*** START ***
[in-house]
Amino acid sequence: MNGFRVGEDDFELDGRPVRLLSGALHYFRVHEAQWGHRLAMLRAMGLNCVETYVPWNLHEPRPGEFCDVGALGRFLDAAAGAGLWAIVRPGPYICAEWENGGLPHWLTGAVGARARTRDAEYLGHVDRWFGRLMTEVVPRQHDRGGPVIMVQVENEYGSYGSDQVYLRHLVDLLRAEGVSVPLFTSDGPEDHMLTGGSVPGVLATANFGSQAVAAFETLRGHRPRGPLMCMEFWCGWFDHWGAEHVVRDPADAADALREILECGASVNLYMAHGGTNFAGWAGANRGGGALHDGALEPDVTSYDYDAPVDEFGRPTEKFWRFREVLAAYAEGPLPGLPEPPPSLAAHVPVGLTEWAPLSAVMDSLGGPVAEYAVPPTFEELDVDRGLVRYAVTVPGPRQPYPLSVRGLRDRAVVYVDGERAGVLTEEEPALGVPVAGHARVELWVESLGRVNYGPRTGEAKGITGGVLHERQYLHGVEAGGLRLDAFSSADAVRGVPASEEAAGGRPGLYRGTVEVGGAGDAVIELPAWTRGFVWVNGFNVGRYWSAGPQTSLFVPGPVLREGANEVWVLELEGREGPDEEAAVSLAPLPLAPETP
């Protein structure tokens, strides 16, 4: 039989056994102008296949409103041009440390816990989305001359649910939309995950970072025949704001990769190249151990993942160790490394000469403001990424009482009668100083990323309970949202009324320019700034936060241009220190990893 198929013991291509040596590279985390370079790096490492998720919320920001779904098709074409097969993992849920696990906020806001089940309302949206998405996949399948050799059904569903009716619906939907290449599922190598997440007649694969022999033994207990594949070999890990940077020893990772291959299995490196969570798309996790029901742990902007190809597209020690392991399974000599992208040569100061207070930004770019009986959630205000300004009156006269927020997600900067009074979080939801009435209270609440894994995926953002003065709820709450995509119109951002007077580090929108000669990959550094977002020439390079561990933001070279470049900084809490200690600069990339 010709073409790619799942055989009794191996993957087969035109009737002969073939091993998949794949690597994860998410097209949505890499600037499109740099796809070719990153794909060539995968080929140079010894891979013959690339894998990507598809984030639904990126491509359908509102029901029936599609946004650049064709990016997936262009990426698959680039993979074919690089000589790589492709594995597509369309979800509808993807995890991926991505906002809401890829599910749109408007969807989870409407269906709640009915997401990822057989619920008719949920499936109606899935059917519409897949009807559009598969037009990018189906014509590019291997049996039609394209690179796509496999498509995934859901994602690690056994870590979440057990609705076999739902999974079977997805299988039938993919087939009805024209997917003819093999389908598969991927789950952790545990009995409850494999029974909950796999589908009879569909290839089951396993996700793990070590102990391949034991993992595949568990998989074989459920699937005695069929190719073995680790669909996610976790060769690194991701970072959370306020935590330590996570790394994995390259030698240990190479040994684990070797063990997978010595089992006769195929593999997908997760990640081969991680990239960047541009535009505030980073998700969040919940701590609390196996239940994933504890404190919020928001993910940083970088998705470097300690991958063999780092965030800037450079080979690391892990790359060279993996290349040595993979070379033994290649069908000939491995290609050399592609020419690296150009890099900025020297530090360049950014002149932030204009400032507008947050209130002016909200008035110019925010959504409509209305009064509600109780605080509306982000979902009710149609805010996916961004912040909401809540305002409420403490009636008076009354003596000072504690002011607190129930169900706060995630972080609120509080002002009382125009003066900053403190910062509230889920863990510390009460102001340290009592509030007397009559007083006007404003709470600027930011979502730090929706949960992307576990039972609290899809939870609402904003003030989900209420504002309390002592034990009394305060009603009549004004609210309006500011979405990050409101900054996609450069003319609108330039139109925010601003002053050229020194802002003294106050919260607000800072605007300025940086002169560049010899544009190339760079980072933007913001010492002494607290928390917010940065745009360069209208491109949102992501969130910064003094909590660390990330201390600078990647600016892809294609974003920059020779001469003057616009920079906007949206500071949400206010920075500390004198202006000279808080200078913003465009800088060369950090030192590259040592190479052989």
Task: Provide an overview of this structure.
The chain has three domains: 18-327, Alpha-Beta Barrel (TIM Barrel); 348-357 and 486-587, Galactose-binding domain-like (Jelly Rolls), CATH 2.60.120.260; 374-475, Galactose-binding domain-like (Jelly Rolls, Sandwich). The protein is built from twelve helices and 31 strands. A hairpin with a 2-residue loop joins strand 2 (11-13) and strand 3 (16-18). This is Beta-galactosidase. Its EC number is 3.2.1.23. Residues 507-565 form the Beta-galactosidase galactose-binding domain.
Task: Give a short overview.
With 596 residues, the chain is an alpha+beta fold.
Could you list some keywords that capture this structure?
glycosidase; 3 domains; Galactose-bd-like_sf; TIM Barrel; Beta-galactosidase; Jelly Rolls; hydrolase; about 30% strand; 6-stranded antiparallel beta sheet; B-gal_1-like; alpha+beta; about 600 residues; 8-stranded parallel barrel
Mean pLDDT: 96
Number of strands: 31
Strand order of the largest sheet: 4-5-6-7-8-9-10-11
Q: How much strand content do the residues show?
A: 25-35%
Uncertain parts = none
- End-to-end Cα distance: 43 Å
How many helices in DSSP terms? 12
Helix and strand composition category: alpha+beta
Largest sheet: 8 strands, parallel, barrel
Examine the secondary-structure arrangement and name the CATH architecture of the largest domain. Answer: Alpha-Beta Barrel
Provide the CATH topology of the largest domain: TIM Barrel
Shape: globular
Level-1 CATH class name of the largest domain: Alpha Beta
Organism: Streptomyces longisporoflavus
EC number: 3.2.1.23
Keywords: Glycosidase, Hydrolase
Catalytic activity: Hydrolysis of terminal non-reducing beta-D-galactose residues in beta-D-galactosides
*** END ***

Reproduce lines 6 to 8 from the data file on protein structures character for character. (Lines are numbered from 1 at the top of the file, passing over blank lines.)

Task: Give a short overview.
With 596 residues, the chain is an alpha+beta fold.
Could you list some keywords that capture this structure?